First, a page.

Polish Bar

| March 18, 2013

Polish Bar is a story of faith, loyalty and family. Vincent Piazza plays Reuben, a young, middle-class Jew who is fed up with the family jewelry business. He looks for respect by trying to prove himself as a Hip Hop DJ and working for Polish criminals at the local strip club. In a world of sex, cocaine and violence, he encounters Ebony, a young black girl who clashes with Reuben’s tough guy front. But when Moises, his Orthodox cousin arrives, this causes Reuben to question his own actions and beliefs. Family, greed and faith conspire against him as he struggles with the ludicrous underbelly of Chicago and his desire to make a name for himself.

Reuben is so bent on not practicing his Jewish faith that in the end he risks the love and trust of his mom and uncle. He isn’t content with the money he makes at his uncle’s jewelry store by day, and the beats he makes at the bar have caught the attention of the local thugs. In turn, these local thugs offer him an opportunity to dabble in drug dealing. Things are going along fine, but when Moises comes to visit, Reuben’s life seems to spiral downward. Moises practices Jewish tradition, even dressing in traditional garb, all along aware of how Reuben makes his extra money. But he suddenly loses his drug supplier, and everyone is on his back, as well as his family is dealing with the death of his grandfather who is living his final days out in the hospital.

When Reuben is pushed against the wall, he steals $20K from his uncle’s store to buy dope to meet his customers’ demands. And this event takes him farther away from his familial roots and closer to him being like the other thugs that frequent the bar. To compound Reuben’s bad choices, he gets into a fight with Ebony, played by Golden Brooks, after she is unable to pay him the money that she owes him from her drug sales. He is arrested right around the time his grandfather passes. He isn’t welcome to sit Shiva and is very upset. But this is a good time for Reuben to decide how he is going to address the bad blood that has flowed among his family and regain their trust and respect. And it is even a better time for him to be away from the club, because not too many people appreciated that he struck a woman.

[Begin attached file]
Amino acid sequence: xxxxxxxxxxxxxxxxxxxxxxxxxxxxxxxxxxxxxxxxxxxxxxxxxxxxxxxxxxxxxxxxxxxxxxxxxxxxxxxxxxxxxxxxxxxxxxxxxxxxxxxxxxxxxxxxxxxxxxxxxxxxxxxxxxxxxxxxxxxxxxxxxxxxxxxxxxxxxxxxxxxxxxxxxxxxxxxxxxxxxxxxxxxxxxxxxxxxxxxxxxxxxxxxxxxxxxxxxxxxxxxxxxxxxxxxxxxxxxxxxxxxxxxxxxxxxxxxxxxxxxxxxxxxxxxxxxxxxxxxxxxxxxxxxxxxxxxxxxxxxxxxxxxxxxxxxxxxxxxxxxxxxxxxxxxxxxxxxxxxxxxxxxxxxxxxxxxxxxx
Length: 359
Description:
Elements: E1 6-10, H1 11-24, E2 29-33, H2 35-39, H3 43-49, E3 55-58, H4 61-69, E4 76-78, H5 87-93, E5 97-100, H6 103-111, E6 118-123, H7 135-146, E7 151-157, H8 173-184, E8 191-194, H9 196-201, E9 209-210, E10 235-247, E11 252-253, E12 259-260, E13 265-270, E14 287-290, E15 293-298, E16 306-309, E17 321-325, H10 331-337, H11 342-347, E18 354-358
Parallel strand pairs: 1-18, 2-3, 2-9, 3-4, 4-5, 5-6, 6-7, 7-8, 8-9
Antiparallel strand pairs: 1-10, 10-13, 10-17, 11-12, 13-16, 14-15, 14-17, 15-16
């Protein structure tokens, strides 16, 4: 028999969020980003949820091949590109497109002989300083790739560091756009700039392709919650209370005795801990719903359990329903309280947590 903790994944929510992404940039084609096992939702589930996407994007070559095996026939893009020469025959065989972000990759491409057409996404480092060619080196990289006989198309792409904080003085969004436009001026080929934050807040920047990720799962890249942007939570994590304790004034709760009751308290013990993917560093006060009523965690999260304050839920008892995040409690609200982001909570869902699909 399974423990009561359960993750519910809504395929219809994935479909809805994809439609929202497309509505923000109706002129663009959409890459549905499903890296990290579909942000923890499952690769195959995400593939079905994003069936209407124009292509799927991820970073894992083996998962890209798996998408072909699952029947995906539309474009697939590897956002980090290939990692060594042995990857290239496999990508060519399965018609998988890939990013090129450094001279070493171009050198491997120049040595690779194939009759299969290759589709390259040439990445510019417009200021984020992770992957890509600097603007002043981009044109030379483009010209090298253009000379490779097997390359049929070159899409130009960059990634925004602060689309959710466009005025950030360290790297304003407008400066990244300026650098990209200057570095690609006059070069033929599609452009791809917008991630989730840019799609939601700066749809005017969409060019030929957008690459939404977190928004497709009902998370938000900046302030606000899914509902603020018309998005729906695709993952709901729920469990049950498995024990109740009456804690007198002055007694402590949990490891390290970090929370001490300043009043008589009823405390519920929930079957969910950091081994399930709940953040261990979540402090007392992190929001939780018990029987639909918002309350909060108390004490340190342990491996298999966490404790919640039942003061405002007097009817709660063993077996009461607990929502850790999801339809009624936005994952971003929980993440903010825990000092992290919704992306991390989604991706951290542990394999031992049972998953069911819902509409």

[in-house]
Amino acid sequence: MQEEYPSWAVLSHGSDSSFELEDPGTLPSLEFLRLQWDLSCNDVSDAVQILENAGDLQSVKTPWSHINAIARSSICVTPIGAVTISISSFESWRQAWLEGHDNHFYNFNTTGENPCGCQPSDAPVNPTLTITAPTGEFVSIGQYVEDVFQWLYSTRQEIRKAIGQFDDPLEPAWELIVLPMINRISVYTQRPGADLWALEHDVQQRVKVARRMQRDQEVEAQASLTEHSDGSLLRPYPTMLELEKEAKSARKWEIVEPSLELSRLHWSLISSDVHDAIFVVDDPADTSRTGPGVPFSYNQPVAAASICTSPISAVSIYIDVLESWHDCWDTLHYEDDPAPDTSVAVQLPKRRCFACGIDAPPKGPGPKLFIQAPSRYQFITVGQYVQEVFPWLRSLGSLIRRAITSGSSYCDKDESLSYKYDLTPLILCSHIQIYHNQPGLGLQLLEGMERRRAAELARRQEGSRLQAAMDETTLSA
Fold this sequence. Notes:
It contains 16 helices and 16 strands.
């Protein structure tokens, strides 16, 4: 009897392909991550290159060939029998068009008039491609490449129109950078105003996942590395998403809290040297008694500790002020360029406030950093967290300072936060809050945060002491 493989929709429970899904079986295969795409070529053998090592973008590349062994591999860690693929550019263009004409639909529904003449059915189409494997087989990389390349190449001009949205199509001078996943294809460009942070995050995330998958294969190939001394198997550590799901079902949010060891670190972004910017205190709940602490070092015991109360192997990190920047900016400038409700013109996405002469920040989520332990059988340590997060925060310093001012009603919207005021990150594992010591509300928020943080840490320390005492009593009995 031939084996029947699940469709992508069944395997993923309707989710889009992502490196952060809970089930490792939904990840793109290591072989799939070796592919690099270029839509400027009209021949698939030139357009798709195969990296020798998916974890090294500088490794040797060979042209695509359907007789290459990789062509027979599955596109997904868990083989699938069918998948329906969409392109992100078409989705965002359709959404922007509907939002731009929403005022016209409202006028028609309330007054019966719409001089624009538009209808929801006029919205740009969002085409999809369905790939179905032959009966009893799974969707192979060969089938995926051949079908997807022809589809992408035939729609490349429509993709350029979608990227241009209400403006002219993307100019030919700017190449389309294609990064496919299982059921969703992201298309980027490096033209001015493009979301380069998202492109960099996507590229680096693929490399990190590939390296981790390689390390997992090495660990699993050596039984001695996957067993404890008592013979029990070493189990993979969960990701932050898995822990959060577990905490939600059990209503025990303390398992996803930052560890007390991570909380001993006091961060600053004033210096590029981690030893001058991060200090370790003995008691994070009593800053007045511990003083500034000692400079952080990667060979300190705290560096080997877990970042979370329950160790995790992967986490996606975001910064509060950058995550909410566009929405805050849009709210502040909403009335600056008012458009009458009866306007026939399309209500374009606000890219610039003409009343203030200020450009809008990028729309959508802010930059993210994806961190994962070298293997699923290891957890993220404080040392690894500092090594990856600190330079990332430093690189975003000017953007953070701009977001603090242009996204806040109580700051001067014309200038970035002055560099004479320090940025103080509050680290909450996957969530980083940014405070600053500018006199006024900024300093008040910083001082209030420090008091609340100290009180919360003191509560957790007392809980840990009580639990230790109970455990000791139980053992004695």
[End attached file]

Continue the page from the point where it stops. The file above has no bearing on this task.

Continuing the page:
Polish Bar is set in Chicago, and it was great seeing all the iconic Chicago sites, i.e., the elevated train, two flats and mean streets that could only be represented by Chicago. I didn’t enjoy Brooks’ portrayal as the queen of “tits and ass” at the club, but everybody (actor) has to make a living somehow. Her underlying story, i.e., just why am I working at a strip club? was that she was taking care of her younger brother. However, he wasn’t too thrilled when he learned about her employment. She constantly catches a hard time from the club’s owner, played by Meatloaf.

Reuben seems to be a tortured soul; he knows what will make his family happy, but he hasn’t done it in so long that he feels that it will put a strain on his life. But what he has been doing is no longer working, and he must make a change. But many people practice the family’s religion when they are young, only to veer away from it as they become older. So in this way, this was a familiar story.

Overall, I enjoyed Polish Bar. It was interesting at first watching Reuben go back and forth, while desperately trying to respect his family, particularly his dying grandfather. But it was good to know that in the end, he just wanted reconciliation. Other cast members include Judd Hirsch and Richard Belzer. Director and co-writer Ben Berkowitz is a graduate of the School of the Art Institute of Chicago. Polish Bar is available on VOD March 19 and other digital and rental formats. Visit www.polishbar.com for more information.

About the Author:

Elaine Hegwood Bowen, M.S.J., is an editor, writer and film critic in Chicago. She is the author of "Old School Adventures from Englewood--South Side of Chicago" and the proud parent of "the smart rapper"--chemist-turned-rapper, turned humanitarian...Psalm One!
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